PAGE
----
Now that the season's over and all the season's data has settled into place, I'll take a look at the Nationals' stats every once in a while to see what trends we can find about the 2010 squad.
A few of you have asked about a subtle change in the team's hitting approach - which saw a number of the Nationals' hitters being more aggressive and taking less pitches - and based on some of the things manager Jim Riggleman said at the end of the season, I'd suspect that approach could change in 2011.
Here's what the data shows from 2009 to 2010:
-In 2009, the Nationals swung at just 23.9 percent of pitches outside of the strike zone, fourth-best in the National League. That number jumped to 29.8 percent in 2010, which was only 10th-best in the National League.
-They also didn't miss as many pitches in 2009; their swinging strike percentage was just 8.6 percent last year, which tied for fifth-best in the NL. That number rose to 9.3 percent in 2010, which again tied for 10th in the league.
-When the Nationals did hit the ball, they put it on the ground more often than they did in 2009; their ground ball-to-fly ball ratio was 1.34-to-1, as opposed to 1.23-to-1 in 2009. In 2010, only the Astros put the ball on the ground more often than the Nationals.
-And all this, of course, led to a less effective offense in 2010. The Nationals' team on-base percentage was just .318, 12th in the NL, and their 655 runs were 14th-best in the league. That's an 18-point OBP drop and 55-run reduction from 2009.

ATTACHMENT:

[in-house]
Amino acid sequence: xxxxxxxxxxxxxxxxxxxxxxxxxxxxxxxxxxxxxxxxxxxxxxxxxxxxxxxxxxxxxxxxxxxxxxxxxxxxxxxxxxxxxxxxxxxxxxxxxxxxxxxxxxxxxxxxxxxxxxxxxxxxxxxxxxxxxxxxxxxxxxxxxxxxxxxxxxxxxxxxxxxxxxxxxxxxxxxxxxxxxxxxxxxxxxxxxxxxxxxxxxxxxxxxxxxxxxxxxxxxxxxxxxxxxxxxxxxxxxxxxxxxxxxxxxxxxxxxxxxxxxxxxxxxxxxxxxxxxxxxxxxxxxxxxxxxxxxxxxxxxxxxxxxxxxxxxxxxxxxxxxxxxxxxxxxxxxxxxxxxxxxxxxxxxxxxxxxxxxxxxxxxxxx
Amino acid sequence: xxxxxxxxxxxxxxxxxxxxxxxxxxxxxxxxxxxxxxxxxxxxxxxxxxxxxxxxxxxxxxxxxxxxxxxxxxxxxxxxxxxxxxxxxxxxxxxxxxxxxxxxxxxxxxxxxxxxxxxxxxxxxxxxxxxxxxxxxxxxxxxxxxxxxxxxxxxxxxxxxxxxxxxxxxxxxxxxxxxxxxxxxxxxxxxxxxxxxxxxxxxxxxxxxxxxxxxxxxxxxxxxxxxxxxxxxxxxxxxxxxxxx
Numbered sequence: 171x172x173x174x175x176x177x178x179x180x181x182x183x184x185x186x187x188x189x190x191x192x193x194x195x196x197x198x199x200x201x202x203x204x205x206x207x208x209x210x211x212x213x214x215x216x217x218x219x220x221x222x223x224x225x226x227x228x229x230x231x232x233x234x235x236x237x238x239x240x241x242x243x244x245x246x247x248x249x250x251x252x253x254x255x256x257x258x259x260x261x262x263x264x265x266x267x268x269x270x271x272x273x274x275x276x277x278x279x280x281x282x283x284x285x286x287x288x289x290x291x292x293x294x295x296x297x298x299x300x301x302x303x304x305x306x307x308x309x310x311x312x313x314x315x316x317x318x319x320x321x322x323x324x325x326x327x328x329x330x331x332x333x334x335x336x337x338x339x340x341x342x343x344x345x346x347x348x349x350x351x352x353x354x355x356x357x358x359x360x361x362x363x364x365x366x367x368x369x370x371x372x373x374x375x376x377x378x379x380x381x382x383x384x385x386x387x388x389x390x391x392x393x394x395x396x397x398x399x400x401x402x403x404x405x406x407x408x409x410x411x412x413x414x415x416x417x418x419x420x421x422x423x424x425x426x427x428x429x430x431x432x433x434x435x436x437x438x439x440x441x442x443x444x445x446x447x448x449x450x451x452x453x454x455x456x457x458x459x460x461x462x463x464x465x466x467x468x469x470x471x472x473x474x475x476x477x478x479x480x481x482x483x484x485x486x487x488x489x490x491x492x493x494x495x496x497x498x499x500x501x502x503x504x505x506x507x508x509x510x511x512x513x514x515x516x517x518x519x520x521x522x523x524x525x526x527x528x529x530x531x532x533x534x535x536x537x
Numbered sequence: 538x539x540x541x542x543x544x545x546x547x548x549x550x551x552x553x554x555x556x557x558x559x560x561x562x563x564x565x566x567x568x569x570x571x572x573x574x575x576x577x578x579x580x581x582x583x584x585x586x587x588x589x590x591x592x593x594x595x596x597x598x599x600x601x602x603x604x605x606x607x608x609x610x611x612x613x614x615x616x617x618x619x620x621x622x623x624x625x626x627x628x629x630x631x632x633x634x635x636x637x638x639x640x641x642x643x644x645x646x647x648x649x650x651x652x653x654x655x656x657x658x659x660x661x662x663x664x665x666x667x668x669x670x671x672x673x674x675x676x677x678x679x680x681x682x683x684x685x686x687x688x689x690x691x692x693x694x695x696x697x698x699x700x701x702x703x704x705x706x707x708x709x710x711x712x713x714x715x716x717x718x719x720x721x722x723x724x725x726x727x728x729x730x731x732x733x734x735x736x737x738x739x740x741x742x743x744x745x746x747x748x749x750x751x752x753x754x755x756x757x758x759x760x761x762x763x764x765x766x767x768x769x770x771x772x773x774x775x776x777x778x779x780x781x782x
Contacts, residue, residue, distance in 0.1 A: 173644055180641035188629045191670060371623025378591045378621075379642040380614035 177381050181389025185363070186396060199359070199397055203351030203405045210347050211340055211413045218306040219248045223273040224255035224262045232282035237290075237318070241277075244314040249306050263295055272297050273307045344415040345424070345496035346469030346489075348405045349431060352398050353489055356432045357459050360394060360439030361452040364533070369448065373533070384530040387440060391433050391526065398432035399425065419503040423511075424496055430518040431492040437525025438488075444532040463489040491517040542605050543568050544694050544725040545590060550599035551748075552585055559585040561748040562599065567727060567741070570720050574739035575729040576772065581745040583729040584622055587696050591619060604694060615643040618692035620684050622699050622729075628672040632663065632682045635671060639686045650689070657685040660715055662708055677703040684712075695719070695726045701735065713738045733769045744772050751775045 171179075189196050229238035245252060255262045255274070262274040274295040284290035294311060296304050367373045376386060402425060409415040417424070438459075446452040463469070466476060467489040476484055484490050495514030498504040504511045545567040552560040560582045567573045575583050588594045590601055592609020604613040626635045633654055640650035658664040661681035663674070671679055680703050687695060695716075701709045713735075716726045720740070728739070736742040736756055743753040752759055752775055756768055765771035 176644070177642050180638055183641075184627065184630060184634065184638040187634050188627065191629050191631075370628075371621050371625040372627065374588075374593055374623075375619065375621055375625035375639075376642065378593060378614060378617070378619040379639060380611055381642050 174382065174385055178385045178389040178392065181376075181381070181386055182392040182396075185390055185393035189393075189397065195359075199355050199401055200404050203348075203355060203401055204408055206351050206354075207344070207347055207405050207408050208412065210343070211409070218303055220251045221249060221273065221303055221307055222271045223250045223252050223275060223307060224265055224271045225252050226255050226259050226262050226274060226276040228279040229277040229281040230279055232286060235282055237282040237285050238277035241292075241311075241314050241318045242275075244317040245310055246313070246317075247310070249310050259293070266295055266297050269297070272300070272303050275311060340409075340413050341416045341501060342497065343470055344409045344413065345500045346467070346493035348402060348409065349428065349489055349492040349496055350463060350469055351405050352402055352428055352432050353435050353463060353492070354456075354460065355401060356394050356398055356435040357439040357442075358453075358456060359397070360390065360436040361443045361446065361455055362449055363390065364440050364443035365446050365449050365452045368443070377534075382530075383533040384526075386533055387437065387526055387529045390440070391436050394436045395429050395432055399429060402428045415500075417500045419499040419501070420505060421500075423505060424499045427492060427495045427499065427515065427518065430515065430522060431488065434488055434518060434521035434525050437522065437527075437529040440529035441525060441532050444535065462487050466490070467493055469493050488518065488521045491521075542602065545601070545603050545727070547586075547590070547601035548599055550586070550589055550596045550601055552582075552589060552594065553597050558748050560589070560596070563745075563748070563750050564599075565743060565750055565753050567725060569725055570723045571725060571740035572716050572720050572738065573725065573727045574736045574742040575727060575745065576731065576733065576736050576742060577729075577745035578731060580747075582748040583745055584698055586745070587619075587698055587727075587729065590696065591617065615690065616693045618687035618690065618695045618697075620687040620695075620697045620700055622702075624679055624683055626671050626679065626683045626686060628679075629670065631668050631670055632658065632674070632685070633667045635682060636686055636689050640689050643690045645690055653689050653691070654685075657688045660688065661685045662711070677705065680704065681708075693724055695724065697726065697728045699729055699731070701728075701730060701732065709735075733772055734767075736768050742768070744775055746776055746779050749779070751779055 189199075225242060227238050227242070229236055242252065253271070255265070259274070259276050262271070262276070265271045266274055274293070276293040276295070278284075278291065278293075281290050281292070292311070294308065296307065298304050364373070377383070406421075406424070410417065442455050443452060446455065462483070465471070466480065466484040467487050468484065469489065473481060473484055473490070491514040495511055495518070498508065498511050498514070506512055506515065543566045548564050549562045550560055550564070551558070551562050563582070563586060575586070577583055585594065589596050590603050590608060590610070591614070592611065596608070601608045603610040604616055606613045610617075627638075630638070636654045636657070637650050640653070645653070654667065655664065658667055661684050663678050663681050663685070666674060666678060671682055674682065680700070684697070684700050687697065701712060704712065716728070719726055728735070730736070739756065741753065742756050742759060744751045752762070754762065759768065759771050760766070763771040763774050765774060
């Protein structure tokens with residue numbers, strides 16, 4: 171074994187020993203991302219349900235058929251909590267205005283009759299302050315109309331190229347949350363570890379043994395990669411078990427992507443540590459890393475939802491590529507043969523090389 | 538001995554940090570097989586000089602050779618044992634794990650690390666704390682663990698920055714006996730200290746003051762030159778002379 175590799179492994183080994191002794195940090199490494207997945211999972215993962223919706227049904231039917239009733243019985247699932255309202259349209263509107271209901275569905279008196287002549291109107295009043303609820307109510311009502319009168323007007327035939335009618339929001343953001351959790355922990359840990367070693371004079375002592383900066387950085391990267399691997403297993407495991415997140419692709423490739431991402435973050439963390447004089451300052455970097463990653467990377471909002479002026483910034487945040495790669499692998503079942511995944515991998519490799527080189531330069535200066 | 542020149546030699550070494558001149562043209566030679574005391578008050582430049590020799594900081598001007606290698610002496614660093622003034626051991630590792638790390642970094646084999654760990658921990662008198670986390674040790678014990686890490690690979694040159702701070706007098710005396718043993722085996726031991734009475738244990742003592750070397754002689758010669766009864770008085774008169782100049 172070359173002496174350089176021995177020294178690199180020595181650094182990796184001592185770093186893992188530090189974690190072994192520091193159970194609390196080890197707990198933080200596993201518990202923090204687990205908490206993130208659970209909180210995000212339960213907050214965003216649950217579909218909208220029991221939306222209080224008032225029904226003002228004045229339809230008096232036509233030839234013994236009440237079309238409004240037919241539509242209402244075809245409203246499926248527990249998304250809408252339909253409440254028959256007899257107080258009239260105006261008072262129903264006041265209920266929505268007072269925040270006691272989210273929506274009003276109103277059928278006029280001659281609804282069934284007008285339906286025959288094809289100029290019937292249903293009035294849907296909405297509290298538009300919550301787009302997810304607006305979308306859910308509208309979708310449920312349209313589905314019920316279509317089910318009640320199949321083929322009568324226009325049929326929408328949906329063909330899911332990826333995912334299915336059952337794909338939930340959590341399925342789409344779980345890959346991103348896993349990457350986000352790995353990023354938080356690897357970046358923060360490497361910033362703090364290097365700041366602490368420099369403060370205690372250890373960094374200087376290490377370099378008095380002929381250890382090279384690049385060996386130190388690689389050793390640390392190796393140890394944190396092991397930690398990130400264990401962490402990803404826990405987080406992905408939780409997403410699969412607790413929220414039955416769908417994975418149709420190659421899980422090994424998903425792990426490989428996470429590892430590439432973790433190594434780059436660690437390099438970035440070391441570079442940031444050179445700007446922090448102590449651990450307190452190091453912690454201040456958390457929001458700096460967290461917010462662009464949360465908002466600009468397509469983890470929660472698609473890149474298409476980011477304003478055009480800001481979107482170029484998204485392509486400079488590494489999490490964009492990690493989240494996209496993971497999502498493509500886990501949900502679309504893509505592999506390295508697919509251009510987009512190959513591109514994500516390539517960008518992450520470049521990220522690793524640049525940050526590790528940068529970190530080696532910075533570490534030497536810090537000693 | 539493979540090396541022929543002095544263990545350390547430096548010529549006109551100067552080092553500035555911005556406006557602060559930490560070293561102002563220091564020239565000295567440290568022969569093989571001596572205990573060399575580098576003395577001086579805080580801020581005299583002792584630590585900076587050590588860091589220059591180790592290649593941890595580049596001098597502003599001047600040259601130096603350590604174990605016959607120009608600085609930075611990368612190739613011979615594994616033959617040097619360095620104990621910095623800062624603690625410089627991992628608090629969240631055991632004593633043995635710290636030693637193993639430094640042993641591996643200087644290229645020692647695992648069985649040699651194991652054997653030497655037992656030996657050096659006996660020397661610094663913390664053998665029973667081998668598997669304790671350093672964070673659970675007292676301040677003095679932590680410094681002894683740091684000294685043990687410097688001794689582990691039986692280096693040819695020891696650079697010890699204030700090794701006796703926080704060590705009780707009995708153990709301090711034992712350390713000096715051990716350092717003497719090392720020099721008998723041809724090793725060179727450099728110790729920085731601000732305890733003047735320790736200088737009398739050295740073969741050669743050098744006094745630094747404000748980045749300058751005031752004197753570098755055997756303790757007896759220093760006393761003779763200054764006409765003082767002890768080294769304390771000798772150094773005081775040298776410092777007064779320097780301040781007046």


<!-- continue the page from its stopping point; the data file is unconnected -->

None of this is to say that the Nationals' offense was perfect last year, but that team's main issue was allowing runs, not producing them. This year, Washington pitched better, but couldn't put men on base or drive them in nearly as frequently.
So what changed? Well, for one, the Nationals went from having patient hitters like Nick Johnson (whose 4.38 pitches per plate appearance were second-most in the NL in 2009) and Elijah Dukes to younger, freer swingers like Roger Bernadina and Ian Desmond (who struck out 109 times, second-most among big league shortstops). That's going to alter the composition of any offense, and the change in Adam Dunn's approach also had an effect on things. He was third in the NL in pitches per plate appearance at 4.33 last year; this year, he saw 4.11 per appearance, which was 10th in the league.
Dunn and Ryan Zimmerman were the only everyday players who saw more than four pitches per appearance; Josh Willingham, Willie Harris and Adam Kennedy all reached the threshold, but none had more than 451 PAs. And with an offense that hit the ball on the ground more often (and consequently saw a drop in slugging percentage), that's a recipe for fewer runs.
Things could get better in 2011 as Desmond matures as a hitter, but Bernadina and Danny Espinosa are also candidates to be low-OBP, high-strikeout players, and the Nationals need to get Nyjer Morgan back on track - or find someone who can get on base consistently at the top of their lineup. It's possible a better plate approach will have to come from outside; Jayson Werth, for example, had a .388 OBP this year and led the league in pitches per PA.
But Riggleman mentioned the need for more patient (or picky) hitters at the end of the season, and it's safe to say the Nationals will be looking to shore that area of their offense up, somehow, before next year.
"I don't know exactly how to answer for it, but I think maybe a couple categories that we're not real good in - the situational hitting, the on-base percentage - those two things probably have to go up a little more," Riggleman said on Oct. 3. "On-base percentage is the one area that we need to (improve). If our offense is going to score more runs, we've got to get on base a little more."